Always use the primary source, and employ a bit of critical reading.

    It's also worth pointing out that they seem to be under the impression that the school was funding this event, which would be incorrect.

  4. As a public institution that is publicly funded, the public should have a right to speak out. I fail to see how as Professor Fishman does, that it is clear that a publicly funded un-elected political science department supporting one side of an argument is a good thing, but responding by opposing said view and threatening to defund the dept. is a bad thing. Politicians giving money to causes their constituents support or not giving money is the essence of democracy and speech being enacted through the taxpayers pocketbooks.

    I have a few hypotheticals for Professor Fishman. If the majority of the taxpayers do not support the poly sci depts. decision should the poly sci department back down?
    If the majority of the voters in fact voted to no longer fund the poly sci department would that be wrong?
    How about if the majority of the student body disagreed with the department?
    Let's say the political science department sponsored Gert Wilders in saying that Islam was not compatible with Western democracy and politicians threatened cutting funding? Do you think that would be an infringement on academic freedom?

    While academic freedom is important, in a taxpayer sponsored school, I think some level of public outcry should be allowed and for that matter encouraged. Is Fidler wrong because he doesn't represent his constituents views or because even if he did he should refrain from voicing his opinion?

    Last why no BDS movement against China, Russia or Egypt?

  5. thanks for all of your comments, the discussion is important.

    1. I was not involved in/or have privy information about the unfolding of events.
    2. It is certainly in the right of the Political Science Department to support student initiatives.
    3. Freedom of Speech, organization, etc on public campuses should not take into consideration, taxpayers, and other groups' considerations
    4. Not all discussions need to be "balanced." There is an argument for this, and against this.
    5. Public outcry, etc. is fine. Threatening academic freedom is not.

    I hope this answered both yours and Jonathon's comments. Alex, thanks for the info!

    1. Thanks for your response Louis.

      I would like to re-ask just one of my questions. Let's say the political science department were to allow a group to bring Geert Wilders onto campus, and the political science department sponsored this point of view. And politicians threatened to cut funds to the department or the university, would you still be against the politicians from doing so on academic freedom grounds?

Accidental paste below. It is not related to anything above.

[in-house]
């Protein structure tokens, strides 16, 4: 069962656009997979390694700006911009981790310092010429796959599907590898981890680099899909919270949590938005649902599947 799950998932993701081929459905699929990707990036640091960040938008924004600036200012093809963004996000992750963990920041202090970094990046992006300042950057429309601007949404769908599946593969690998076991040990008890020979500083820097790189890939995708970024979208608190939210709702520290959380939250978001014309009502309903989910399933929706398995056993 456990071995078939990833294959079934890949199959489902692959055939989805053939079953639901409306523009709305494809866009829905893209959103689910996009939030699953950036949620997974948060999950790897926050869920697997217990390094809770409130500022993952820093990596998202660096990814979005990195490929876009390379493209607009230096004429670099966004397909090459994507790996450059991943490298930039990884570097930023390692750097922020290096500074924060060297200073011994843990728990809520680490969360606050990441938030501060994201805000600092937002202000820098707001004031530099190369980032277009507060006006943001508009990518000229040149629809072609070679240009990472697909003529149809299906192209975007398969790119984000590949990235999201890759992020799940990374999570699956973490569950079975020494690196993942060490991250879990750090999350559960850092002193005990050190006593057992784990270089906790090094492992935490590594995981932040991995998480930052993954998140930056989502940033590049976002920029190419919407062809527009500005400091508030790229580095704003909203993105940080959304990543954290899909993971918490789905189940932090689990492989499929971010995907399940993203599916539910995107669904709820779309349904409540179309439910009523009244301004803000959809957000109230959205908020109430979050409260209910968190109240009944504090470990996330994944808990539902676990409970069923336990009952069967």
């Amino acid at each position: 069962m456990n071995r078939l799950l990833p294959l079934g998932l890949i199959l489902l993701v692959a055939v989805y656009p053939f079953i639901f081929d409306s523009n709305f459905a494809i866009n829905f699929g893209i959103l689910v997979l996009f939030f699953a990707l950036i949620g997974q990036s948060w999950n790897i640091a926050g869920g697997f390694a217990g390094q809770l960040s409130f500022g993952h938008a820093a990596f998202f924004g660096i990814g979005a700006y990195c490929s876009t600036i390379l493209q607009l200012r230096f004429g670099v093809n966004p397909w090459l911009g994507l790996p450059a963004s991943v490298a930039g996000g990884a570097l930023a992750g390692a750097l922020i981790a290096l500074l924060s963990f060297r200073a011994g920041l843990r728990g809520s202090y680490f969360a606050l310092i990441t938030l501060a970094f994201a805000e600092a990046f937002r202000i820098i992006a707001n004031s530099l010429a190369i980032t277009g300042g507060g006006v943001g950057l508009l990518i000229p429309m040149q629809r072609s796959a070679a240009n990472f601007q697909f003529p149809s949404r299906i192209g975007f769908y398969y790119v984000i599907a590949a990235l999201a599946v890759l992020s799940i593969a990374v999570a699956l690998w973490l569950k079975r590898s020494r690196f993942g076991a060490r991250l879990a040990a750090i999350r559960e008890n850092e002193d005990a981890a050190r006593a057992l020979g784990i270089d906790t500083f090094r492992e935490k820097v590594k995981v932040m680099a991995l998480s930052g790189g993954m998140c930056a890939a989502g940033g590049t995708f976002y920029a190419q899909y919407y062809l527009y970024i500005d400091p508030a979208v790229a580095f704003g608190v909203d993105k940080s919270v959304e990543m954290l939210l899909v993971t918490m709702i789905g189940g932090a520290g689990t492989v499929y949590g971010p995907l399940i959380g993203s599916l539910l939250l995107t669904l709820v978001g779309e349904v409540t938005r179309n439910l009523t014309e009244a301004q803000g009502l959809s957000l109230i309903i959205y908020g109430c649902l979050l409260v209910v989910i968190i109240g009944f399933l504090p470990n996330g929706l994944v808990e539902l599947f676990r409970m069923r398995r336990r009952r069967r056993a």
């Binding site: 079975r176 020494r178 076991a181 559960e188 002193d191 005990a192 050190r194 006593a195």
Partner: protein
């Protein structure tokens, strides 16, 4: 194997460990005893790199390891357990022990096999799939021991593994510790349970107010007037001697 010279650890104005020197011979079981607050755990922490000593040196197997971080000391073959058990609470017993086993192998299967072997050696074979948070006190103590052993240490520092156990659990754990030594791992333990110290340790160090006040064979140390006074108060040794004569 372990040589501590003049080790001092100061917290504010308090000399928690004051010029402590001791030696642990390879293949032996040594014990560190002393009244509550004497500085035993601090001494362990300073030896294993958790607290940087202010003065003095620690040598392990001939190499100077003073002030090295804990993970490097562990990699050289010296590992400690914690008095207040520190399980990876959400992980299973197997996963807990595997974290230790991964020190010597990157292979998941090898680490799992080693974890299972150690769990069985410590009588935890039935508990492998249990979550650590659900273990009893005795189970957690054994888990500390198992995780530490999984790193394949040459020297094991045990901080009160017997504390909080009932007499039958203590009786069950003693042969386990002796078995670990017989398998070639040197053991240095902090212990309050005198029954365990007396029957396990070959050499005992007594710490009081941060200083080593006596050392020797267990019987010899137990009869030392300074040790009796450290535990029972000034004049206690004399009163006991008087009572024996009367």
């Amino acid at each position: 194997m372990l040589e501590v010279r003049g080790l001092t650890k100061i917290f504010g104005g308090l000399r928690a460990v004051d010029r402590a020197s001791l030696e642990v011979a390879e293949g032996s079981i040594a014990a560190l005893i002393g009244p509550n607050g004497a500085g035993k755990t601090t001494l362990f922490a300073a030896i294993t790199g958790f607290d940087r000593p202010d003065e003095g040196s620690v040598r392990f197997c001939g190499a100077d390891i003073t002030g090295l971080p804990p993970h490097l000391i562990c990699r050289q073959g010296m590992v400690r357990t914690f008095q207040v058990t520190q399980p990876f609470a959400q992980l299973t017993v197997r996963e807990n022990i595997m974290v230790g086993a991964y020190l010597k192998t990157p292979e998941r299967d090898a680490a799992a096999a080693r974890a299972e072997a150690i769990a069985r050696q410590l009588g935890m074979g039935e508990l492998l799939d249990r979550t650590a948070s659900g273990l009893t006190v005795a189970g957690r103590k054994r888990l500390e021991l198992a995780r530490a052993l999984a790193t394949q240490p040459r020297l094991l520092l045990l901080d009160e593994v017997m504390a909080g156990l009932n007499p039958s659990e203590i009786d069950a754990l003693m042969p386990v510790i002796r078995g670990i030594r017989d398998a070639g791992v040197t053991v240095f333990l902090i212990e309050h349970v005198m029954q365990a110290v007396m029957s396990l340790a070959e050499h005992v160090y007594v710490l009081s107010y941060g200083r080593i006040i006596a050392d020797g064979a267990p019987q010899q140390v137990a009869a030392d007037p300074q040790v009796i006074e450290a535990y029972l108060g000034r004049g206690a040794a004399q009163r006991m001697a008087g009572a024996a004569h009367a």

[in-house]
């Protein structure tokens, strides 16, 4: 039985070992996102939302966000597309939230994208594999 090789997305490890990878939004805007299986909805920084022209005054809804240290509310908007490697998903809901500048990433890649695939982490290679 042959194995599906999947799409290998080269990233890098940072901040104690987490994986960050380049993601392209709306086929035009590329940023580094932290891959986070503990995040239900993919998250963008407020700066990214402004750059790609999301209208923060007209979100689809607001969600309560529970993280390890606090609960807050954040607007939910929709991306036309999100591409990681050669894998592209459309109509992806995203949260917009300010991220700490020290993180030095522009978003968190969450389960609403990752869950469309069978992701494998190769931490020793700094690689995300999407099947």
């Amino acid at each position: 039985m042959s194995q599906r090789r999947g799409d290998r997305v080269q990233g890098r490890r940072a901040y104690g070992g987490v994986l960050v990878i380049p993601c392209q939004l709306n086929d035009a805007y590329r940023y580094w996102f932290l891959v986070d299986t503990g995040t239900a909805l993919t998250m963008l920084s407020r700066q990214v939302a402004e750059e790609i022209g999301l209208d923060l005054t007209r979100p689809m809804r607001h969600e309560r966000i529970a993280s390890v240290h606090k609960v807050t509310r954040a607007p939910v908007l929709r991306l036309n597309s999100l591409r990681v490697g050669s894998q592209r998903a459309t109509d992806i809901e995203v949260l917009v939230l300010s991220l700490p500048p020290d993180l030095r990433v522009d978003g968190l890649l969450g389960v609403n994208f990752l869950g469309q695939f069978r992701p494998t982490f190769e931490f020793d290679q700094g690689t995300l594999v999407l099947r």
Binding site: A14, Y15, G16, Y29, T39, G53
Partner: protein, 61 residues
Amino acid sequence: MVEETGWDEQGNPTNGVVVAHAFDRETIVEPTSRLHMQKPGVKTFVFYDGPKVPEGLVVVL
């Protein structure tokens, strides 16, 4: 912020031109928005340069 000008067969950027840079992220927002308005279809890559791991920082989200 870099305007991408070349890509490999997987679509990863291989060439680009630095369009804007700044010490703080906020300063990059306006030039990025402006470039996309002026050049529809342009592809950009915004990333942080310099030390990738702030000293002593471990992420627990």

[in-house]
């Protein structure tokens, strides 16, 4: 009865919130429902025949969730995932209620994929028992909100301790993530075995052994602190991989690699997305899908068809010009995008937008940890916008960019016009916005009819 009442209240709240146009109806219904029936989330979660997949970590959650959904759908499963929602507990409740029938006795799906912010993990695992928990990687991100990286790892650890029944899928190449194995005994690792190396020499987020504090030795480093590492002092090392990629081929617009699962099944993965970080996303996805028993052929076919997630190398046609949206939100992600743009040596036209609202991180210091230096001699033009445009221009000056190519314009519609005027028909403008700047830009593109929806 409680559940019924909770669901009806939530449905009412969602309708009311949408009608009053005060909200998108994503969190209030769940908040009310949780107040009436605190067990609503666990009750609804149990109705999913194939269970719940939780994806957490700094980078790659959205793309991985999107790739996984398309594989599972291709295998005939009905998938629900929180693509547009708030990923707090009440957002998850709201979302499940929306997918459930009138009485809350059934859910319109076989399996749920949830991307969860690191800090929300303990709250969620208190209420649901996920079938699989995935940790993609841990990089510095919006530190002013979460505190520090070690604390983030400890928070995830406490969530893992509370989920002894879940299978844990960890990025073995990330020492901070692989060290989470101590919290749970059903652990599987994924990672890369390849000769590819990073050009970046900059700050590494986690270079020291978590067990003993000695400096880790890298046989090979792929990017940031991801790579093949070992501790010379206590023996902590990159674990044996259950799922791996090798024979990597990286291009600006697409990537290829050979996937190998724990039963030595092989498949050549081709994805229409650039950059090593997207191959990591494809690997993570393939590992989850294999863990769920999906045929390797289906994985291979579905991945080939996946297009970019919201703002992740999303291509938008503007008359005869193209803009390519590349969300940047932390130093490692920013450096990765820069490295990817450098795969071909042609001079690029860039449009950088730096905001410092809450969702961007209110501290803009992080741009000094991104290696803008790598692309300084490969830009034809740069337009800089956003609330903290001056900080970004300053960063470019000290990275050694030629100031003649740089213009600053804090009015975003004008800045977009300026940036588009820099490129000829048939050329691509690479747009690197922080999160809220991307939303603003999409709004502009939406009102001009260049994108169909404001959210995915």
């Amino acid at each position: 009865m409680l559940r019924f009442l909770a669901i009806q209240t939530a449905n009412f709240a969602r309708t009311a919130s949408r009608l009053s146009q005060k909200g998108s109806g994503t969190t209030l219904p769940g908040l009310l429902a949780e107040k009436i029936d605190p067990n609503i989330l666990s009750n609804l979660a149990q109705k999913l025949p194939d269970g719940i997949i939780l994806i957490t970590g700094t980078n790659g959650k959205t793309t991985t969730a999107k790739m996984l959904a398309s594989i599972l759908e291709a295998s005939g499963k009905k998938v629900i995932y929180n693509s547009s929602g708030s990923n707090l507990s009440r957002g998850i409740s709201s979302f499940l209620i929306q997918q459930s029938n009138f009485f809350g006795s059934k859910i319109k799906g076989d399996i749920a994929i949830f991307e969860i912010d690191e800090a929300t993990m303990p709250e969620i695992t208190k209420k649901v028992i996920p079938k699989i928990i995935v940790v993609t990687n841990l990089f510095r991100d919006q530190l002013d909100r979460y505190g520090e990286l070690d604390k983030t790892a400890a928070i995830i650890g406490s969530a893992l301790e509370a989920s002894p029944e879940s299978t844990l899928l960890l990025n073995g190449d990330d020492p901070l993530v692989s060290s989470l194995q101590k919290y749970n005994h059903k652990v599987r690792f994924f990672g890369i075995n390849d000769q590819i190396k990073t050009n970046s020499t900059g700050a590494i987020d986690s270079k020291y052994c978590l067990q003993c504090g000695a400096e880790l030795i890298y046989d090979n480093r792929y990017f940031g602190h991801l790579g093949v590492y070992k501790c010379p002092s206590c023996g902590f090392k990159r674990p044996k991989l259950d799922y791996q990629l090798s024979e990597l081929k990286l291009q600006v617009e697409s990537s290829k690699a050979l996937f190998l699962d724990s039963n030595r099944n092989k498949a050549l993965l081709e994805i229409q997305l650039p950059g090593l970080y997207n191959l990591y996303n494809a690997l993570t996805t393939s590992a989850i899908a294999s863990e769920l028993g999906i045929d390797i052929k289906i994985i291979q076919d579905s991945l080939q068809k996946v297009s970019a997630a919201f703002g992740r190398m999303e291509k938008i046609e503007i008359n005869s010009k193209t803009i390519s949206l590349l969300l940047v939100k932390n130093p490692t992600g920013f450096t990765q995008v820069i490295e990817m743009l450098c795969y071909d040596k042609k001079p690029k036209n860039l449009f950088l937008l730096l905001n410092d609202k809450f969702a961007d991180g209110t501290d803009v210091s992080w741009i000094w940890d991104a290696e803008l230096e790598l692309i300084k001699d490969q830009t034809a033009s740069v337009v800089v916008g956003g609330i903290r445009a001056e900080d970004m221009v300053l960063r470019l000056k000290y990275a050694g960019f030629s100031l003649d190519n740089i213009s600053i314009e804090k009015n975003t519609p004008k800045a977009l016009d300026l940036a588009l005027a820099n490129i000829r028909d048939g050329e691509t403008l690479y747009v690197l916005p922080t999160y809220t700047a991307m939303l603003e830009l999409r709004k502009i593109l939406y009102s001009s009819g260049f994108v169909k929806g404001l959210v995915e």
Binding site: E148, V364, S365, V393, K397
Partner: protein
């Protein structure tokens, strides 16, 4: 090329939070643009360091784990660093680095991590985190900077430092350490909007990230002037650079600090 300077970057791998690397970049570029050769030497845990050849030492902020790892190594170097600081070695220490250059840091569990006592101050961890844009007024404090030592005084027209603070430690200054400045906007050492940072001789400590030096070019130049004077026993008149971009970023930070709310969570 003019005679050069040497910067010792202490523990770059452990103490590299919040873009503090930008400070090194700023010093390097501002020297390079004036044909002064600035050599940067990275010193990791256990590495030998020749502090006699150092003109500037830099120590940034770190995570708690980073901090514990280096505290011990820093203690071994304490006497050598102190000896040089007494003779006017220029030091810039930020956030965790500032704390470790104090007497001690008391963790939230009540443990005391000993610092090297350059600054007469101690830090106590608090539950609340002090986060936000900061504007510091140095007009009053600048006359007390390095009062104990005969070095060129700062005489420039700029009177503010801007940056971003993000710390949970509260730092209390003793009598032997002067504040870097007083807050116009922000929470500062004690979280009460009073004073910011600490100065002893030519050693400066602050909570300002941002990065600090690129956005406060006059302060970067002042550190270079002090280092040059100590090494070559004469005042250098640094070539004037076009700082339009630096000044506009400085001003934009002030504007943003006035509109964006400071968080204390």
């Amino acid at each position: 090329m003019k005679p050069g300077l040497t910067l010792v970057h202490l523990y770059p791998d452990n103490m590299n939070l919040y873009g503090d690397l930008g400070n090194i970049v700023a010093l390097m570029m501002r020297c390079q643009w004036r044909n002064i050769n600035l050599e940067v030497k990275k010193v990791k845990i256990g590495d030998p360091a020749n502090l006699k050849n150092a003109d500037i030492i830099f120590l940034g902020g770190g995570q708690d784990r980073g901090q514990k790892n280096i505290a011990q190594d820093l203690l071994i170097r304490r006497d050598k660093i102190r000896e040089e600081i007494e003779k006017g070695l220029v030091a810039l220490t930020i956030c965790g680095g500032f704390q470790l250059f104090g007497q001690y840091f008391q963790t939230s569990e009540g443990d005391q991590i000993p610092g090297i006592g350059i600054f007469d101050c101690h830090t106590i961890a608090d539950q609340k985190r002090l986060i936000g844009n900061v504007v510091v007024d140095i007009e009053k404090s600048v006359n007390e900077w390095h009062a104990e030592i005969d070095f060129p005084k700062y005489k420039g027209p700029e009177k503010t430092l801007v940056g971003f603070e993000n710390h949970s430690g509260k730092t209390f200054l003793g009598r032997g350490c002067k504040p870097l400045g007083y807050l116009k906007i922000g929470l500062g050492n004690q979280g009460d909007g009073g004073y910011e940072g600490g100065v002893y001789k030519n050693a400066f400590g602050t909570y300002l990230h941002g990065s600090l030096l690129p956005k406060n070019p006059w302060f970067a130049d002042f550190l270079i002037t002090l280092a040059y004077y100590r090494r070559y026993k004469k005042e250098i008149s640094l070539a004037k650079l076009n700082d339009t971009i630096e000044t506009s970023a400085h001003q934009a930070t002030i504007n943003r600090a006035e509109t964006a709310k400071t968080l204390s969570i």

2. Let's say Brooklyn College invited Alan Dershowitz or David Horowitz to air their views without providing any balancing speakers. Would you still support politicians threatening to withdraw funding?

    3. Brooklyn College has invited Dershowitz and if the constituents of politicians in NYC thought that what they had to say was odious and threatened to defund them, I would not have a problem with that.

      I have no opinion on a need for balancing of opinions. I think that if a politician believes that his constituents think that a point of view they are paying for speaking is evil, threatening defunding of said view seems reasonable.

      If this were a private university, this would be a different story and threat would be inappropriate.

      What is your take on my Hypo?

  6. Its a good statement. The department chair and the college president need public support. The central issue is academic freedom vs. the state's proclaimed right to control free speech at the college. The threat of withholding funding is clearly coercive and administrators have to take it seriously.

    The boycott and divest movement is an effort to peacefully resolve an international conflict which started with violence and gets maintained by violence. Therefore the status quo is the bigger threat to both Israel and Palestine.

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  8. "It is certainly in the right of the Political Science Department to support student initiatives."

    Prof. Fishman,

    Two points.

    1.What policy do other colleges and universities have about departmental sponsorship of programs that have an overt political agenda, not an academic agenda? My bet is that most academic organizations would not permit what your college is doing. It would be viewed as being an obstacle to the educational mission of the institution. After all, it is reasonable to expect students to take away from the departmental sponsorship that the Brooklyn College Political Science department holds a view on the Arab Israeli dispute so that students will, in order to avoid controversy, adopt for purposes of getting good grades, the sponsored position of the Political Science department. So, whether or not the department has a right to sponsor the event, it is a terrible idea.

    2. Then there is the question of BDS and its agenda. It is not a party looking for justice in the Arab Israeli dispute. It is a party that is involved in promoting Antisemitism, as per its leader's comparison of Israel with Nazi Germany. See an article he has written here. The impact of allowing a group that shows no constraints in its language, stooping low into the gutter, is to create a hostile environment for students.